The relevance of micro places to citywide robbery trends: A longitudinal analysis of robbery incidents at street corners and block faces in Boston

Anthony A. Braga, David M. Hureau, Andrew V. Papachristos

Research output: Contribution to journalArticlepeer-review

124 Scopus citations

Abstract

Robbery, and the fear it inspires, has a profound effect on the quality of life in certain urban neighborhoods. Recent advances in criminological research suggest that there is significant clustering of crime in micro places, or hot spots,that generate a disproportionate amount of criminal events in a city. In this article, the authors use growth curve regression models to uncover distinctive developmental trends in robbery incidents at street segments and intersections in Boston over a 29-year period. The authors find that robberies are highly concentrated at a small number of street segments and intersections rather than spread evenly across the urban landscape over the study time period. Roughly 1 percent and 8 percent of street segments and intersections in Boston are responsible for nearly 50 percent of all commercial robberies and 66 percent of all street robberies, respectively, between 1980 and 2008. Our findings suggest that citywide robbery trends may be best understood by examining micro-level trends at a relatively small number of places in urban environments.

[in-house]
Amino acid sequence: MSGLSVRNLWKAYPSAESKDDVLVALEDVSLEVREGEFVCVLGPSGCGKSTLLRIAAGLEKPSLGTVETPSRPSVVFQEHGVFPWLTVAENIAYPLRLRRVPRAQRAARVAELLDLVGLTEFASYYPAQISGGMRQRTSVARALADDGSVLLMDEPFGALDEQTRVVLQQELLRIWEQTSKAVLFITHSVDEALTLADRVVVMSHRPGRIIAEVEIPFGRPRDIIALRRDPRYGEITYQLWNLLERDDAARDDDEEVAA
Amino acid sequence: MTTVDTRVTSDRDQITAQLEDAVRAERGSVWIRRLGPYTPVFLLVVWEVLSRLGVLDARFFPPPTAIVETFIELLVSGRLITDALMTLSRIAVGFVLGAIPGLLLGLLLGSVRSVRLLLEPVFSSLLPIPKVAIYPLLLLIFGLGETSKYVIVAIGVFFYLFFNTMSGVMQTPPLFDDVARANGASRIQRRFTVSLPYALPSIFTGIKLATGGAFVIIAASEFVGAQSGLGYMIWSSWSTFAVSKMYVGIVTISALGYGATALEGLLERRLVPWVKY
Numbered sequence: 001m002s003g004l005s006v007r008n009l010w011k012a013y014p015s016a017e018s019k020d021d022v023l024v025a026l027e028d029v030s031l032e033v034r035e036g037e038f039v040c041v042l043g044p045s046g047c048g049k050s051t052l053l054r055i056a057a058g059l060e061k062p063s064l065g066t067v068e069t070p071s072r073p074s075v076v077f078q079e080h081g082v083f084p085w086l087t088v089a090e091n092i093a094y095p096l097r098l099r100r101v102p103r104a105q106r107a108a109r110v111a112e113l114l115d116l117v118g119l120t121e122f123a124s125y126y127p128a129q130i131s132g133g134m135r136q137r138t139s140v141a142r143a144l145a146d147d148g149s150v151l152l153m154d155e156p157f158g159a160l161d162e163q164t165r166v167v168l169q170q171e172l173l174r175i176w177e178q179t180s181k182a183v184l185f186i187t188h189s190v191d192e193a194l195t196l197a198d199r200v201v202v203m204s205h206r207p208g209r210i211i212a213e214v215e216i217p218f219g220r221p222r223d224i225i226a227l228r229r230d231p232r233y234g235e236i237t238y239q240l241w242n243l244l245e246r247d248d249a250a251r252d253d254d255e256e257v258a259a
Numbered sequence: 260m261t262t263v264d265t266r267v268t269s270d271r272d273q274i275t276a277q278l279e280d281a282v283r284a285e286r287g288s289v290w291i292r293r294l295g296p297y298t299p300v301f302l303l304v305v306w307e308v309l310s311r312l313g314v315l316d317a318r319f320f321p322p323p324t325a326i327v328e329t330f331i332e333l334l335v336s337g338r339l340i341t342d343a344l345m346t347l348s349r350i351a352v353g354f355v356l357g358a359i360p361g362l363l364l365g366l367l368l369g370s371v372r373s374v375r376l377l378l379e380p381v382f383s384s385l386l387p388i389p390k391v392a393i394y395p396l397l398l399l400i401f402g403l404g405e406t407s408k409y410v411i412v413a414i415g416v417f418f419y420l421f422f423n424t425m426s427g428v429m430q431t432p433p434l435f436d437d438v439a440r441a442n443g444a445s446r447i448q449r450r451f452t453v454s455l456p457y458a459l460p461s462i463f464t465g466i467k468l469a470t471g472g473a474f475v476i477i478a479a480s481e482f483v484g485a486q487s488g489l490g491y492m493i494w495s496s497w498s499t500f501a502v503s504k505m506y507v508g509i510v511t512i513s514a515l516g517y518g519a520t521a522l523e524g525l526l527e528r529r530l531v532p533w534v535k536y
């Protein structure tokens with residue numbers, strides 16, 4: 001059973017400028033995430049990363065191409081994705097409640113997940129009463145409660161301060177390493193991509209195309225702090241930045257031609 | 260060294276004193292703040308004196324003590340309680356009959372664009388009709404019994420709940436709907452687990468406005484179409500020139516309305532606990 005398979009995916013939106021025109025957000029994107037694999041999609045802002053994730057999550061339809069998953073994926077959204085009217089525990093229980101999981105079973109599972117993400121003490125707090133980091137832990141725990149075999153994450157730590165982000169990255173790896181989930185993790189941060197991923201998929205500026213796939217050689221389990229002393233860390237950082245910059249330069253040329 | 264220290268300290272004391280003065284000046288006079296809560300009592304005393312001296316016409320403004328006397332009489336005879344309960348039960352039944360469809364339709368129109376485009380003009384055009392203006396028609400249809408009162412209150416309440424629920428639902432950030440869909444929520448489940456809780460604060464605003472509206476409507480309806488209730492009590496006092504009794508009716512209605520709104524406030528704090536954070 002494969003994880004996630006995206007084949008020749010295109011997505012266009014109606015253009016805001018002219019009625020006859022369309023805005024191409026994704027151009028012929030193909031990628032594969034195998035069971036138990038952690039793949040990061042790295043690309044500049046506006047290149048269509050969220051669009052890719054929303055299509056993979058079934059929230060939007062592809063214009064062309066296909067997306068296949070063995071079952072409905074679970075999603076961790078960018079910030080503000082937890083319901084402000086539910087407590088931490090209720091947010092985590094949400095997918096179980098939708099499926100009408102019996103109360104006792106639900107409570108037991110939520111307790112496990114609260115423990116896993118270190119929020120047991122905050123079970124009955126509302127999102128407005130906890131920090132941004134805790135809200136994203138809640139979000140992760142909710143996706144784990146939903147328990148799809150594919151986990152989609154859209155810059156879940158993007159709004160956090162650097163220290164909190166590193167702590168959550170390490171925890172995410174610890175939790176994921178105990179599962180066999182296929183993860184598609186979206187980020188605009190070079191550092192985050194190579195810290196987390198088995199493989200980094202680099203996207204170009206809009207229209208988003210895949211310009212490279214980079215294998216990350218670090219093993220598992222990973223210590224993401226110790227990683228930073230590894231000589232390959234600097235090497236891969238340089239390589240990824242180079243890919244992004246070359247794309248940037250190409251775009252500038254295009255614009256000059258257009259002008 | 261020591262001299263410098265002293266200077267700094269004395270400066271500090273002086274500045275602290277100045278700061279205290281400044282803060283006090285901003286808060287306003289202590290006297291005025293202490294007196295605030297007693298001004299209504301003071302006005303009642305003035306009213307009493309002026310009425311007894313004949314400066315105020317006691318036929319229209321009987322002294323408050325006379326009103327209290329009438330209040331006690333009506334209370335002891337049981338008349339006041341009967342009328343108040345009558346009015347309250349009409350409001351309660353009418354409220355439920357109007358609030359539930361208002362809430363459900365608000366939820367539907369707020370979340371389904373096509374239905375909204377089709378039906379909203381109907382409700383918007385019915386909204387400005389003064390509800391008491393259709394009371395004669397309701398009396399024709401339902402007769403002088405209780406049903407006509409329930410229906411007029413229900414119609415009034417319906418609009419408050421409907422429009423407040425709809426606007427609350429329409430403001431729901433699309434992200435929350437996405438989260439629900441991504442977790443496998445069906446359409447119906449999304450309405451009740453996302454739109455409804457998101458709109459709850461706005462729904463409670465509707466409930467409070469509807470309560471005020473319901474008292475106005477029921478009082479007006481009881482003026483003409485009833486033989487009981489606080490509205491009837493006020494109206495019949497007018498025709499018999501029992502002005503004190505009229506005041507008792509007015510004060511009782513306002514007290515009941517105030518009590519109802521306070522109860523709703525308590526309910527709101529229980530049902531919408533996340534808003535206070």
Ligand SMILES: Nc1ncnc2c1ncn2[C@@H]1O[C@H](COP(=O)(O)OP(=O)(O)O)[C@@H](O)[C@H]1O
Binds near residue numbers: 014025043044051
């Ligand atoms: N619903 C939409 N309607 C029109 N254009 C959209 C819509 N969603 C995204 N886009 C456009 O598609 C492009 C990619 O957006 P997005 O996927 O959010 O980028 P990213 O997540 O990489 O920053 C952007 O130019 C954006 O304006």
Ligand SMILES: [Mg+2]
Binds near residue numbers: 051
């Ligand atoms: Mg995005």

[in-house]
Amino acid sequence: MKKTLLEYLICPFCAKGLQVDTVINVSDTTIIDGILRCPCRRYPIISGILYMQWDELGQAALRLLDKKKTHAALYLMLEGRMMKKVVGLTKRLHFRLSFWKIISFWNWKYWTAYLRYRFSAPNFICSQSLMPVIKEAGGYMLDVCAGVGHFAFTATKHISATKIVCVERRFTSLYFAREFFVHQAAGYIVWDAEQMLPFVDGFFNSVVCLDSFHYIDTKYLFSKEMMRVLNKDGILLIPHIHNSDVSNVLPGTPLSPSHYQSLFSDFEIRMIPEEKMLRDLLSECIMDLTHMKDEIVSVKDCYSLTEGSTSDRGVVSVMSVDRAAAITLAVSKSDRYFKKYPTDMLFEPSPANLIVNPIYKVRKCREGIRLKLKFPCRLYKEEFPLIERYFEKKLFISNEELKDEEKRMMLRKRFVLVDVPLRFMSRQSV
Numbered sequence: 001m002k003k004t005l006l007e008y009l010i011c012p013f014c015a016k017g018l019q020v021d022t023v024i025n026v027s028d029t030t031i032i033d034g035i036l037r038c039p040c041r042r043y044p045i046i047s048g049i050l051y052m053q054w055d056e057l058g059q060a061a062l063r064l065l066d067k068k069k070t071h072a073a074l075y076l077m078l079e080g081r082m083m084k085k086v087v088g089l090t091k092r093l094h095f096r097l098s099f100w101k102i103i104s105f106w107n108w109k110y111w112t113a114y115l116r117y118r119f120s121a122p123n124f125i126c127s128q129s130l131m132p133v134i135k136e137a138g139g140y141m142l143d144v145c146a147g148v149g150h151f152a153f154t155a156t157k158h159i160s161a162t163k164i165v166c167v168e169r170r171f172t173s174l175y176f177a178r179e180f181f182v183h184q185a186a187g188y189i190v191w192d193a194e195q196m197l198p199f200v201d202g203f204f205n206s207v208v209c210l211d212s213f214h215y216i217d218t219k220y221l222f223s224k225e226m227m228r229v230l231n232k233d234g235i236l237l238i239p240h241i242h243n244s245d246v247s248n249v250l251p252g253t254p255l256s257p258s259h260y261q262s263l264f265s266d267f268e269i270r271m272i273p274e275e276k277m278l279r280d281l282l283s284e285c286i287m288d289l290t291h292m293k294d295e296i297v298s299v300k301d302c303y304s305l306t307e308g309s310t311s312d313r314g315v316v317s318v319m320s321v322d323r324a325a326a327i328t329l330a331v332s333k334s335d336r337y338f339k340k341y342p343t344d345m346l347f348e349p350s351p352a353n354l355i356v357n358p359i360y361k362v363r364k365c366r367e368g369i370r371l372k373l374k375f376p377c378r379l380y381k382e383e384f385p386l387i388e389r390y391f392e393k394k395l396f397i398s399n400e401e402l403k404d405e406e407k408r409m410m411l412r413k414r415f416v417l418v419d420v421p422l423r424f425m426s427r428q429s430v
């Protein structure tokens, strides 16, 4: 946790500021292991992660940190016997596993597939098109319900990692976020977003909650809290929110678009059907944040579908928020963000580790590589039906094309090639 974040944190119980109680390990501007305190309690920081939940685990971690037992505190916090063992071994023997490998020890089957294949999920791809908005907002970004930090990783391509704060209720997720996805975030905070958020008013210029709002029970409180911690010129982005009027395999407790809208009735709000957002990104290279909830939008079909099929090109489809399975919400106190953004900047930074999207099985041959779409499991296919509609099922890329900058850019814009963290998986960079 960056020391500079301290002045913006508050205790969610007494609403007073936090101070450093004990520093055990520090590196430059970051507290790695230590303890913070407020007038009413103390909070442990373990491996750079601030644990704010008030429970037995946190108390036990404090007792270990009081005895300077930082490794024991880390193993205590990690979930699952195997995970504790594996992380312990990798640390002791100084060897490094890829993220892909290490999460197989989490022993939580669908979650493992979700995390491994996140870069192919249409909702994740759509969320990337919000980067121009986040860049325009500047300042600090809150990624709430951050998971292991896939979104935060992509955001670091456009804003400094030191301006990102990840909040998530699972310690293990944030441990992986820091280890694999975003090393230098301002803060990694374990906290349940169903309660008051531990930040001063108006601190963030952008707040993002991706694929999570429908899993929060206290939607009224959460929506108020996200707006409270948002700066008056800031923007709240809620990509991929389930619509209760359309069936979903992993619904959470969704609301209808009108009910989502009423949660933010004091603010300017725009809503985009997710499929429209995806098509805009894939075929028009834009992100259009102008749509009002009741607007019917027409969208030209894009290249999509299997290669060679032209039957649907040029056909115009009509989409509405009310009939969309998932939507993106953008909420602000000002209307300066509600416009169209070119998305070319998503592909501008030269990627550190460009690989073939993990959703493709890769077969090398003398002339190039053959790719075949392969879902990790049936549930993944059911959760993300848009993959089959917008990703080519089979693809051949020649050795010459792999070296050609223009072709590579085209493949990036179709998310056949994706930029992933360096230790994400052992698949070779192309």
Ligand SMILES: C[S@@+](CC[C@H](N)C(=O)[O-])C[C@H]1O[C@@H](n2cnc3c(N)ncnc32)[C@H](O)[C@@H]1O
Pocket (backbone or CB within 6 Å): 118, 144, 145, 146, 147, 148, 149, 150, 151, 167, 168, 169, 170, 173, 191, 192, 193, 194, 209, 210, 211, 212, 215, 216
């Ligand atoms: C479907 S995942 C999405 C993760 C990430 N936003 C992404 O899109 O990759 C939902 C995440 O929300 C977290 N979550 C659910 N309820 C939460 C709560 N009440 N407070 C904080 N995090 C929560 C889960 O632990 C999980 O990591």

Original languageEnglish (US)
Pages (from-to)7-32
Number of pages26
JournalJournal of Research in Crime and Delinquency
Volume48
Issue number1
DOIs
StatePublished - Feb 1 2011

Keywords

  • crime places
  • crime trends
  • hot spots
  • robbery

ASJC Scopus subject areas

  • Social Psychology

Fingerprint Dive into the research topics of 'The relevance of micro places to citywide robbery trends: A longitudinal analysis of robbery incidents at street corners and block faces in Boston'. Together they form a unique fingerprint.

Cite this